Depp Ellum, the Dallas, Texas based brewery has a solid blonde beer called the Dallas Blonde. This session ale is represented by a doll with blonde hair and a pink crown clearly attempting to play on the name of the beer style and the popular women’s"> Depp Ellum, the Dallas, Texas based brewery has a solid blonde beer called the Dallas Blonde. This session ale is represented by a doll with blonde hair and a pink crown clearly attempting to play on the name of the beer style and the popular women’s">

Deep Ellum Brewing's Pro-Rape Advertising?

8480<em>621440917906374</em>56686140_nDepp Ellum, the Dallas, Texas based brewery has a solid blonde beer called the Dallas Blonde. This session ale is represented by a doll with blonde hair and a pink crown clearly attempting to play on the name of the beer style and the popular women’s hair color. On October 8th the company posted a photo of its new promotional van. This hot pink monstrosity has a photo of a can of the Dallas Blonde as well as the slogan “Goes Down Easy” written in giant text on the side of the van.

On October 11th Genevieve Cato writing for the Burnt Orange Report shared her disgust, offense, and ire with the new van. She writes:

The eye-catching hot pink van sports the logo for their blonde ale with the assurance that this blonde “goes down easy.” This is not the first time this tired, sexist pun has been used to sell alcohol and it probably won’t be the last.

But, shouldn’t we expect more of our local Texas breweries than to rely on rape culture to sell their beer?

She goes on to write that this isn’t the first time that the alcohol industry has used sexist advertising in this manner. She cites a recent Belvedere advertisement that was much more on the nose and an offensive sign in a Brooklyn bar that listed a list of why beer is better than women.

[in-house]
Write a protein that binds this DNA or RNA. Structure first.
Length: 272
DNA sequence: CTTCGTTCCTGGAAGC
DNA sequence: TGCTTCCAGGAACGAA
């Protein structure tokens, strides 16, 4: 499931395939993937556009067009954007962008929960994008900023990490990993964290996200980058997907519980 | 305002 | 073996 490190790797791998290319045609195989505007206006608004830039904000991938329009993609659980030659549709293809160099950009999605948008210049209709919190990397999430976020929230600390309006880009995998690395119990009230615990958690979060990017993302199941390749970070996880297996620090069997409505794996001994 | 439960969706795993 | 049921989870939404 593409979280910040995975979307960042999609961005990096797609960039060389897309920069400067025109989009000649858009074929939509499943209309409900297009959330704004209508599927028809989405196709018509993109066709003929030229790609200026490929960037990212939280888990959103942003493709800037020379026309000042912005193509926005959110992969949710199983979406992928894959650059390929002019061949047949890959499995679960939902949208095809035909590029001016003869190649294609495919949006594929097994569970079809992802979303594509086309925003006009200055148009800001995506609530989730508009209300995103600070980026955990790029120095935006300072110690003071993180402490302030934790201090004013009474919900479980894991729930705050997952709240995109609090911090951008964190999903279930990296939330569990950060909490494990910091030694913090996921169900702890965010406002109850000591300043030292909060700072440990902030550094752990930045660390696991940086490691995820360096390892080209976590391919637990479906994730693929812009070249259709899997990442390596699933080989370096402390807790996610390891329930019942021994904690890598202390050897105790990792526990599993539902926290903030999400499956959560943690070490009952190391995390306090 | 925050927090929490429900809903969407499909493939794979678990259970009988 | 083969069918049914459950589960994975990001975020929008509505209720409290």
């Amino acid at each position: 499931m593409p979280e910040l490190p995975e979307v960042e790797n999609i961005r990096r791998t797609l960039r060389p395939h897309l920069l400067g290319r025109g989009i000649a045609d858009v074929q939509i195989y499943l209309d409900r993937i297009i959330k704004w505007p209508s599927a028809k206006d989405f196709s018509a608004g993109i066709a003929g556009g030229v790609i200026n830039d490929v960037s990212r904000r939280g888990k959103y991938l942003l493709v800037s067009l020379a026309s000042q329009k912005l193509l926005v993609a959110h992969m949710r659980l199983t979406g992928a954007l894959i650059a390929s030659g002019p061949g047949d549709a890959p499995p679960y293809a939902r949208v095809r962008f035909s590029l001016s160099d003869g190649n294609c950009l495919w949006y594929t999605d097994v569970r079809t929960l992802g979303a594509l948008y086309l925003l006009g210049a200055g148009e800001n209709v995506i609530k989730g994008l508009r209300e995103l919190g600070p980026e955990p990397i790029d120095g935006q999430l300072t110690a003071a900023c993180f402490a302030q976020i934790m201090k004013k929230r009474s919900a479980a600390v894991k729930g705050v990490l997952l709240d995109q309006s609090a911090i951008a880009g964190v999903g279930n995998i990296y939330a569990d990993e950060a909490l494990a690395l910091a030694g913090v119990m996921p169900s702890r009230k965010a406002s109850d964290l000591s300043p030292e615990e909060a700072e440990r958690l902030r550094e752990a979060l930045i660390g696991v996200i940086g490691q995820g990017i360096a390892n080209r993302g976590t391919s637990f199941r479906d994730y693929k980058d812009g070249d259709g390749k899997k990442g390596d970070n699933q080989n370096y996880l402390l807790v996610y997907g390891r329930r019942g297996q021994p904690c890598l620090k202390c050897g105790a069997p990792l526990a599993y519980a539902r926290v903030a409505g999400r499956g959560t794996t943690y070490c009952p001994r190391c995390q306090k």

She then goes on to illustrate just the kind of reaction this got in comments on Facebook.

Deep Ellum’s lazy use of this well-worn sexist comparison of women to alcohol is disappointing and insulting to their female customers, but it goes deeper than that. You need to look no further than the comments on their facebook picture to see the way advertising like this fuels the acceptability of rape culture in our society:

Goes down easy, in a van? Man, just like High School!

Doesn’t she always?

She has an insatiable appetite.

As a craft brewery in Texas, Deep Ellum is already well situated to be profitable and popular amongst beer drinkers across the state. It is completely unacceptable, and unnecessary, for breweries to continue to use this kind of language to sell their products.

This story made the local and some national venues and discussion on twitter turned nasty. John Reardon, owner of the brewery responded on October 19th in which he was both conciliatory and stood his ground in equal parts. He writes:

As we’re all adults (if not, you should have already been directed here), let’s go ahead and bring the innuendo front and center — it’s a literal description of the beer with a blowjob joke. A double entendre. And yes, I find that funny.

What’s not funny is how that’s been interpreted to promoting rape culture. If anyone is to blame for promoting such thoughts, it should be those interpreting the phrase to that level. Shame on you.

The initial post likened our joke to a Belvedere ad, showing a disheveled woman with the phrase “Unlike some people, Belvedere always goes down smoothly.” I can agree that this was going too far.

But, if you somehow link all oral sex to violence against women, the problem might lay with you.

You have a choice in the way you perceive this campaign. It can be seen in its literal sense, you can choose to see the innuendo, or you can fly off the deep end and call it rape culture. But those are your thoughts, and your thoughts only, to own.